FIG. 2A illustrates an example block diagram of an embodiment of a pill 14 that can be ingested by a patient. The pill 14 can include a transmitter circuit 218 including an antenna for transmitting a signal waveform. In some embodiments, the pill 14 includes multiple transmitting elements or antennas as described in detail below. While described herein as a transmitter, the pill may be a transponder or transceiver including receive functionality in some embodiments. In some embodiments, the pill 14 can transmit a signal waveform in response to an external trigger signal. The receive circuit 216 in the pill 14 can also include an antenna to receive the trigger signal from the external stimulator antenna. The receive circuit 216 and the transmit circuit 218 may share an antenna. The antenna may be referred to or be configured as a loop antenna. The antenna may also be referred to or be configured as “magnetic antenna” or an induction coil. The antenna may also include a coil of a type that can wirelessly output or receive wireless communication signals. In some embodiments, the antennas may also wirelessly output or receive power. The pill can also include commercially available or custom RFID tag. In some embodiments, the pill can operate in a passive mode of operation. In the passive mode of operation, the pill may not require a battery or power storage device 220. The external trigger signal can provide sufficient power to the pill for transmitting the signal waveform. The pill may also operate in an active mode or battery-assisted passive mode, requiring an on-board battery or a power storage device 220. In the battery-assisted passive mode, the on-board battery 220 can be smaller than in the active mode.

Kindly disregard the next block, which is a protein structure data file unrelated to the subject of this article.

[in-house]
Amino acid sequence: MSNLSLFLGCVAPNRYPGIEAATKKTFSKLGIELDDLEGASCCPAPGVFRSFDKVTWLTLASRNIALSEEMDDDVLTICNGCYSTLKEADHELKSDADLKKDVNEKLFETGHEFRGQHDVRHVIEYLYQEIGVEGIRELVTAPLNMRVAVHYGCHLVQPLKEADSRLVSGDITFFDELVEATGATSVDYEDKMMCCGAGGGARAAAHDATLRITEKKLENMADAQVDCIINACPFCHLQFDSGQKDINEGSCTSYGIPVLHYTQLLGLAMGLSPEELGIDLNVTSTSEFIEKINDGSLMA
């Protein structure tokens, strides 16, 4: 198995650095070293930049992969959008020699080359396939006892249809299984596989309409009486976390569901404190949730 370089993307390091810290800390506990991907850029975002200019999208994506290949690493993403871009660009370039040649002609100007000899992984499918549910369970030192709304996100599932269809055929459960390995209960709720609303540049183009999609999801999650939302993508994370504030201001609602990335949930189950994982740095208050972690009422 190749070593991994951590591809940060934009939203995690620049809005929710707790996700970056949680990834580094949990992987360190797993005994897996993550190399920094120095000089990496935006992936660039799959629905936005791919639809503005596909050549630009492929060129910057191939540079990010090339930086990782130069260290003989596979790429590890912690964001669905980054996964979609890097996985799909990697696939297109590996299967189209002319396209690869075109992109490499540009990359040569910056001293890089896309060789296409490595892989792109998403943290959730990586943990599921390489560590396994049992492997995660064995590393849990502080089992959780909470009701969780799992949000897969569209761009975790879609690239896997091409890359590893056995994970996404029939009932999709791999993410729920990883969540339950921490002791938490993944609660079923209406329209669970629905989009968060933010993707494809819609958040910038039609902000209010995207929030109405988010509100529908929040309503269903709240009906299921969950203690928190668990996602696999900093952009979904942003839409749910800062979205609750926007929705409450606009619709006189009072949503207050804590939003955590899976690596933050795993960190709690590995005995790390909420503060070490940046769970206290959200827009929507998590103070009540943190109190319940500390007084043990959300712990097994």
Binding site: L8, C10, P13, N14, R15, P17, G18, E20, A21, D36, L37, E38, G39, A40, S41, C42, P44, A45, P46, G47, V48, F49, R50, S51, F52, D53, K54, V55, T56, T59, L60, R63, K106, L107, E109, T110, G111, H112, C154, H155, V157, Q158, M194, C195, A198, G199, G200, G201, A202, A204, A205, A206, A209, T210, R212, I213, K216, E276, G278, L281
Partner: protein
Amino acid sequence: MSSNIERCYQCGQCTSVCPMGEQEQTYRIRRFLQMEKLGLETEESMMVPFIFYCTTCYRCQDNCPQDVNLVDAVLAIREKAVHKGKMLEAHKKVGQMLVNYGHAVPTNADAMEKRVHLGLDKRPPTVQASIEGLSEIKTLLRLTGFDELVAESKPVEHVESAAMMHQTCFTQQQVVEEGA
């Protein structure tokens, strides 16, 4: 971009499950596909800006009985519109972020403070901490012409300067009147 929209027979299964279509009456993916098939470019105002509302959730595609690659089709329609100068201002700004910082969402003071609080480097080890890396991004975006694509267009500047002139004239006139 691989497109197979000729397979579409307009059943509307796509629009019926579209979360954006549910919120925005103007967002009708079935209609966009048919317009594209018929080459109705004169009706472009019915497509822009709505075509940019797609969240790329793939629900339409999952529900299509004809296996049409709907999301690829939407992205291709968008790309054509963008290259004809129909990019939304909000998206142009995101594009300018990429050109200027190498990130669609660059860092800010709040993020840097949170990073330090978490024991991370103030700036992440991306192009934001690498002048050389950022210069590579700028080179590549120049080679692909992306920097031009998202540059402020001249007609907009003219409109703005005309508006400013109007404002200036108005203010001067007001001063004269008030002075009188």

In the active mode, the pill 14 can periodically transmit the waveform signal. The pill 14 may transmit the signals based on a predetermined time intervals and at predetermined transmission frequencies. For example, after receiving an external stimulus (before or after ingesting the pill), the pill can transmit a signal waveform over a time interval (e.g. every 1 second, 30 seconds, 1 minute, 5 minutes, 30 minutes, etc.). The pill may also transmit the signal waveform continuously but that may increase the power duty cycle. In some embodiments, the external signal can be a mechanical switch. The switch may be turned on before ingesting the pill causing it to periodically transmit a signal waveform. The on-board battery may provide sufficient power for the pill to transmit the signals over a span of several days.